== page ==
- Promote your blog.
Now, let’s say you are booking your blog instead. I wrote a post on this site on how to mine your blog for publishable content, but here are the steps:
- Choose a topic related to your blog.
- Create a business plan for your book. In the process, craft the best-possible book idea—not the easiest book you can produce from existing posts. (This includes determining your book’s structure and content and deciding if your idea is marketable—or how to make it so.)
- Search your blog for existing posts that meet the requirements of your book plan.
- Fill in content gaps with new material you did not find on your blog.
To learn more about blogging book and booking blogs, purchase a copy of How to Blog a Book Revised and Expanded Edition in the Writer’s Digest Shop.
Nina Amir, the Inspiration to Creation Coach, is the bestselling author of How to Blog a Book and The Author Training Manual. A speaker, blogger, and author, book, blog-to-book, and high-performance coach, she helps people combine their passion and purpose so they move from idea to inspired action and positively and meaningfully impact the world as writers, bloggers, authorpreneurs, and blogpreneurs. She is the founder of National Nonfiction Writing Month, National Book Blogging Month, and the Nonfiction Writers’ University.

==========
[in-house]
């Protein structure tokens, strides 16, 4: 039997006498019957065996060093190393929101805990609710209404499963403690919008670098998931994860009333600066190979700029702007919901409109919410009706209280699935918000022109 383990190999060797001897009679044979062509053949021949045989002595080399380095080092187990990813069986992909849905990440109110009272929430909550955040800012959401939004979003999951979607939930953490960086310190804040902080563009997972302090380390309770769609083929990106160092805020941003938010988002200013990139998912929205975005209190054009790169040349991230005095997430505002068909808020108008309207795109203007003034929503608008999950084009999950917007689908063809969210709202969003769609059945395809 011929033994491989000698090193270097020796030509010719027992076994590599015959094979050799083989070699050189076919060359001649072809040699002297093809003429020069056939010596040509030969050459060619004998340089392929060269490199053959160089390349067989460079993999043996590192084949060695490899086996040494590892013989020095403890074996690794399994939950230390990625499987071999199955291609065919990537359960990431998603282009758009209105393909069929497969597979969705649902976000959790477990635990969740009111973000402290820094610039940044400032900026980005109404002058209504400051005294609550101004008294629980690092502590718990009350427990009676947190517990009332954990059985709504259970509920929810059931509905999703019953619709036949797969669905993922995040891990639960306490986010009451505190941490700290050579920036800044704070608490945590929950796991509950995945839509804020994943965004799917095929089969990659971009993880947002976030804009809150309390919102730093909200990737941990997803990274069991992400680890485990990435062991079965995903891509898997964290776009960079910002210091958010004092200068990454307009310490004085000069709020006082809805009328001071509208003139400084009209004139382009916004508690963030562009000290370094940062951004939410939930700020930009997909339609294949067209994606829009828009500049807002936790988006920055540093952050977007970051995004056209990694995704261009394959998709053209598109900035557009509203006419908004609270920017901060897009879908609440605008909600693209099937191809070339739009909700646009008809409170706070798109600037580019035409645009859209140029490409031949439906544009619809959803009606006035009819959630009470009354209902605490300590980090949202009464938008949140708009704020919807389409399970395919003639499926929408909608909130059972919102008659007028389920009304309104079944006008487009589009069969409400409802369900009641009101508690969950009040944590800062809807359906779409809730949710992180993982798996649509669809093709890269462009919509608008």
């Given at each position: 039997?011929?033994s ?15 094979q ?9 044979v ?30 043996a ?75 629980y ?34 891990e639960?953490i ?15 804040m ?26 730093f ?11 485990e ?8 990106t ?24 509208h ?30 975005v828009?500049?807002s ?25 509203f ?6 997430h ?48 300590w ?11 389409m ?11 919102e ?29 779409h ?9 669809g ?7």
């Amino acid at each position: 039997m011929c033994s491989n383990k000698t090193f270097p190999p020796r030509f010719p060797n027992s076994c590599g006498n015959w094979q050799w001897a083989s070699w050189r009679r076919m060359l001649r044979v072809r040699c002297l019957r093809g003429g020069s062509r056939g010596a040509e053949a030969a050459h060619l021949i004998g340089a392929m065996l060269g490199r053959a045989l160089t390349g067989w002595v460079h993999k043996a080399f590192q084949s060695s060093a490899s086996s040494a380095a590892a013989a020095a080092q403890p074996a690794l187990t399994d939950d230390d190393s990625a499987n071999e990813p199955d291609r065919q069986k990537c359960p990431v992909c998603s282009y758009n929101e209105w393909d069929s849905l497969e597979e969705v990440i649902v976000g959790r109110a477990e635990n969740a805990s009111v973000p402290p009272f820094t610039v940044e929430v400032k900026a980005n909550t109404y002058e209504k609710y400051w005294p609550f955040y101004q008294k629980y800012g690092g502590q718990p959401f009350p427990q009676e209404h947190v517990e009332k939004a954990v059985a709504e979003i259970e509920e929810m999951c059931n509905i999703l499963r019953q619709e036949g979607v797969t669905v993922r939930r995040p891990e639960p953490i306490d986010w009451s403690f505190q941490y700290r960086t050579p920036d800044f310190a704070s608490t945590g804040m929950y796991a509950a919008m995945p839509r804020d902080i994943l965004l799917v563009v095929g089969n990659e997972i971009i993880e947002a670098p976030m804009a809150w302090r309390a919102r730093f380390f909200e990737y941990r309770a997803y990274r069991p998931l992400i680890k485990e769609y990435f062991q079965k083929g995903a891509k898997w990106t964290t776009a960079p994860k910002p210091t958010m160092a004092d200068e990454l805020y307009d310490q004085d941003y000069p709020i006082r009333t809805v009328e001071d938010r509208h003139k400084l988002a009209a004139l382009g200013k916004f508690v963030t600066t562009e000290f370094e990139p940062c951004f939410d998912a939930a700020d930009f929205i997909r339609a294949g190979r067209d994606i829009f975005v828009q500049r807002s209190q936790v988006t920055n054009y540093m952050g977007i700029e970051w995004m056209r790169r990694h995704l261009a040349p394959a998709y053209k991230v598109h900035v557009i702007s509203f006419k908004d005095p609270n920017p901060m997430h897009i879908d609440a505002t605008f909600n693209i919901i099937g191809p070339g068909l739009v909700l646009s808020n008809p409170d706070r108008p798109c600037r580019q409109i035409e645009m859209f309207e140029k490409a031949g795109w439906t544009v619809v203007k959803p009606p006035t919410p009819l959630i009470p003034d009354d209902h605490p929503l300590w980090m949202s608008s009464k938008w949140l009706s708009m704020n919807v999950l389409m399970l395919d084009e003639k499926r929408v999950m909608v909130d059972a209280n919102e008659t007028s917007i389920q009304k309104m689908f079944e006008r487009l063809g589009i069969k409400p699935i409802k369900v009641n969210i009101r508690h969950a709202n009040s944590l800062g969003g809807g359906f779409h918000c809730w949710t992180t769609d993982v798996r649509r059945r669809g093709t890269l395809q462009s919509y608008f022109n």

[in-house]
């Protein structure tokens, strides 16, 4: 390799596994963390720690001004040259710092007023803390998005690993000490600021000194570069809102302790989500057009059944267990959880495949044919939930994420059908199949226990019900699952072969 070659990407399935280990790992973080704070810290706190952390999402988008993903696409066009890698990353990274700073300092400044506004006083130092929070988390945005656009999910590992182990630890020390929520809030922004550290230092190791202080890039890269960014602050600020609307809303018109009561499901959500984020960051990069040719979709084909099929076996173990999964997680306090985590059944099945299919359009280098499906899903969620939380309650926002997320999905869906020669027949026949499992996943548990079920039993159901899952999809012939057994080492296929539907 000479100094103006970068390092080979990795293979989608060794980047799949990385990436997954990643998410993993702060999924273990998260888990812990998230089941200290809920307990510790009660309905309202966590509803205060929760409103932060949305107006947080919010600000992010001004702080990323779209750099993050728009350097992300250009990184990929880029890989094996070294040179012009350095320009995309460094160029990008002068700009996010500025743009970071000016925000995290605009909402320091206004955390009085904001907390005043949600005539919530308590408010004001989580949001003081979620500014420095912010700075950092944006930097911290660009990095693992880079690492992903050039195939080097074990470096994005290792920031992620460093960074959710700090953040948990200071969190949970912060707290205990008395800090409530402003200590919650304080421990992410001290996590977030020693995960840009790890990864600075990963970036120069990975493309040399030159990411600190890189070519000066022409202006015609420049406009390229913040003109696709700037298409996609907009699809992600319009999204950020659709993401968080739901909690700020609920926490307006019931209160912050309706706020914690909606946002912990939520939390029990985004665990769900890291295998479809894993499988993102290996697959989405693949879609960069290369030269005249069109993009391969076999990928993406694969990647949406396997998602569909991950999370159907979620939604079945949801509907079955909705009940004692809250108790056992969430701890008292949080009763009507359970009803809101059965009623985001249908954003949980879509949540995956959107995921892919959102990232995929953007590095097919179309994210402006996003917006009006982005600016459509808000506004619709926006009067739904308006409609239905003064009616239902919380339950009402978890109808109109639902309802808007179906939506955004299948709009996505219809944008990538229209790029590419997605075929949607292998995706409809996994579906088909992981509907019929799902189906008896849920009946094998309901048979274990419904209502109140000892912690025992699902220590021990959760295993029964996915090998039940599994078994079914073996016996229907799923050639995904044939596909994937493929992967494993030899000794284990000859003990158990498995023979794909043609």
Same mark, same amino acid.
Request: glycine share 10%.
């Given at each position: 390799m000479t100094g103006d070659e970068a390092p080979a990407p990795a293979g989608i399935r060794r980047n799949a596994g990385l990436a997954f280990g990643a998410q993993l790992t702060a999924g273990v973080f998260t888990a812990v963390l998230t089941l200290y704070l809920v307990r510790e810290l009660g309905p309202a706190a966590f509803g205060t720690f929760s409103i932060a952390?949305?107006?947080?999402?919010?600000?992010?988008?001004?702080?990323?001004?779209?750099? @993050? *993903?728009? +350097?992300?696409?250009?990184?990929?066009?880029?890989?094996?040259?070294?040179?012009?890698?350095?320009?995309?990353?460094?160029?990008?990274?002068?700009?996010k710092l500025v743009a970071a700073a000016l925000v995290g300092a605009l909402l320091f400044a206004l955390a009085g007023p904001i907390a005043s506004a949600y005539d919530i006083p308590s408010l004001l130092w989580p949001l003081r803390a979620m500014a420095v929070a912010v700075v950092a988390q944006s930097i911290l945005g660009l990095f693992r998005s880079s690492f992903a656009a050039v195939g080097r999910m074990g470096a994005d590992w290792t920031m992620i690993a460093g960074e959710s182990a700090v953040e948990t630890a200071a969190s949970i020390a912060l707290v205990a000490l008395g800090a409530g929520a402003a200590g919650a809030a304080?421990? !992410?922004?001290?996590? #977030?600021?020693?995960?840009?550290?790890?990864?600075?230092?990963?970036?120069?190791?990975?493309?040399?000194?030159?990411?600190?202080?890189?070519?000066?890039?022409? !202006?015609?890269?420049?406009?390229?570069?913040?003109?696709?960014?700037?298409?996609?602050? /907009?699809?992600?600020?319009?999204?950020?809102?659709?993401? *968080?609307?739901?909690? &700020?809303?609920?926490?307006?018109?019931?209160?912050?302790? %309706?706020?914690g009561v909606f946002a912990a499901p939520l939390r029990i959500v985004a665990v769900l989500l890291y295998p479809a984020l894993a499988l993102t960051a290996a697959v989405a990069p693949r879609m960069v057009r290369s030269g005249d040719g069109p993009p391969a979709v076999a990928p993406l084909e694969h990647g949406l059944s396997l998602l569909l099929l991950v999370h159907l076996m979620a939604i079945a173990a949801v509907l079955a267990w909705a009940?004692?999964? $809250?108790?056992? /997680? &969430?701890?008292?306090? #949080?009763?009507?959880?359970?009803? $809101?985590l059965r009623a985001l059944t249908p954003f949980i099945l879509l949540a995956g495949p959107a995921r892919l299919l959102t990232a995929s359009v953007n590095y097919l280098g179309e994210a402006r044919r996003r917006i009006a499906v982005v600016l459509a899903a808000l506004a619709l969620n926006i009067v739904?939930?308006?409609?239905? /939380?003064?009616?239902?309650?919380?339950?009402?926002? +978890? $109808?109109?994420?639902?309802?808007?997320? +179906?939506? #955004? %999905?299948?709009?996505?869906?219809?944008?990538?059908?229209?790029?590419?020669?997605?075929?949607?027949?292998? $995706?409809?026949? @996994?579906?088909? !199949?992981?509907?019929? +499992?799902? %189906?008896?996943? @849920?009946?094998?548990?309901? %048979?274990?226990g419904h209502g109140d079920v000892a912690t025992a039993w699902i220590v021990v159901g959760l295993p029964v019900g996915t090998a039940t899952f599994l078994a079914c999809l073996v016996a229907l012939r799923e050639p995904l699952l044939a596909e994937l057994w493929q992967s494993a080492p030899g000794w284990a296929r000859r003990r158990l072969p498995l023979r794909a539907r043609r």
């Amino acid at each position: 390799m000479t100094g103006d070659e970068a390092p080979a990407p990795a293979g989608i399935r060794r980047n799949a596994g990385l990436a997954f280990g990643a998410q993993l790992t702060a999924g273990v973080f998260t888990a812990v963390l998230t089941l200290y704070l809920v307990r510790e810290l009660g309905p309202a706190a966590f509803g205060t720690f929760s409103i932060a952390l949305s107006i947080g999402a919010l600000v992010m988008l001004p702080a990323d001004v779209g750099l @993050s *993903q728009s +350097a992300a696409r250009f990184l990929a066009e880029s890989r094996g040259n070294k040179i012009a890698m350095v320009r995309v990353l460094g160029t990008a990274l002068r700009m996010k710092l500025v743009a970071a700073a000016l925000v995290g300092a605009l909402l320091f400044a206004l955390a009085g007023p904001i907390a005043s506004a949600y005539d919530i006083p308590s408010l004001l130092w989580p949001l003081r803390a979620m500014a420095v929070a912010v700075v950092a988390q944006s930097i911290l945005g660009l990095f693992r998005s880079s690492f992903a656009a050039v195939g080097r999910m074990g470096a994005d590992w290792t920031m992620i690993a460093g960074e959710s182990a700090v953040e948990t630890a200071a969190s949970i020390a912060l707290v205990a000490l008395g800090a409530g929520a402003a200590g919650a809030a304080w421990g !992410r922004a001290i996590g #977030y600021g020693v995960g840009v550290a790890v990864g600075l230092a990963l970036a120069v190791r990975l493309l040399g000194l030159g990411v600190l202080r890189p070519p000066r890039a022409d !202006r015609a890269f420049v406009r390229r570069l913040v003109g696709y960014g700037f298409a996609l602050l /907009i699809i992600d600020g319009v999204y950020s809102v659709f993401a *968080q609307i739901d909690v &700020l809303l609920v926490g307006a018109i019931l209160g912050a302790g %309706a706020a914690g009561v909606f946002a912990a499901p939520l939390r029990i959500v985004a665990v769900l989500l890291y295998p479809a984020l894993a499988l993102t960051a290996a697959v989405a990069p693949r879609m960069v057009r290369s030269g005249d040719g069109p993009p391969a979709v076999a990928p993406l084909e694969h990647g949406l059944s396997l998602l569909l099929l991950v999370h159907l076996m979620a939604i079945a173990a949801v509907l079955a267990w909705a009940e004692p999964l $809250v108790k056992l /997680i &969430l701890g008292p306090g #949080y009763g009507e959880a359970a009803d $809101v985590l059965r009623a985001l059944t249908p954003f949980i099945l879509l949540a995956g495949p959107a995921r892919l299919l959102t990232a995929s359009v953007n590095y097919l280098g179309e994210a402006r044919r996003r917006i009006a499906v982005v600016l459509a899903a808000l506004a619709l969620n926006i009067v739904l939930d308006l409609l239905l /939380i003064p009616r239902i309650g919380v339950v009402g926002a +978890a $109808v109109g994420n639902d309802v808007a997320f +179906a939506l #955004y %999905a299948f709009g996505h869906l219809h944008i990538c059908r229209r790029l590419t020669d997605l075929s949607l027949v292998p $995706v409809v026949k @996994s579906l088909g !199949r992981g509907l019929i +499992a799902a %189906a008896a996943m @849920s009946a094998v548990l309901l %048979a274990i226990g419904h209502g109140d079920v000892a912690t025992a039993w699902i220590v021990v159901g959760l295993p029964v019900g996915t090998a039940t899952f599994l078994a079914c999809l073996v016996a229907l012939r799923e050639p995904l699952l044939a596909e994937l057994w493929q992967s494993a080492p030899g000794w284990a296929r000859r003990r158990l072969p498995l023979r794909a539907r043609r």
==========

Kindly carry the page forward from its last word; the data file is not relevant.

To find out more about Nina and get a free goal-achievement e-book, visit www.ninaamir.com.
Photo: bigstockphoto.com. Amazon links contain my affliliate code.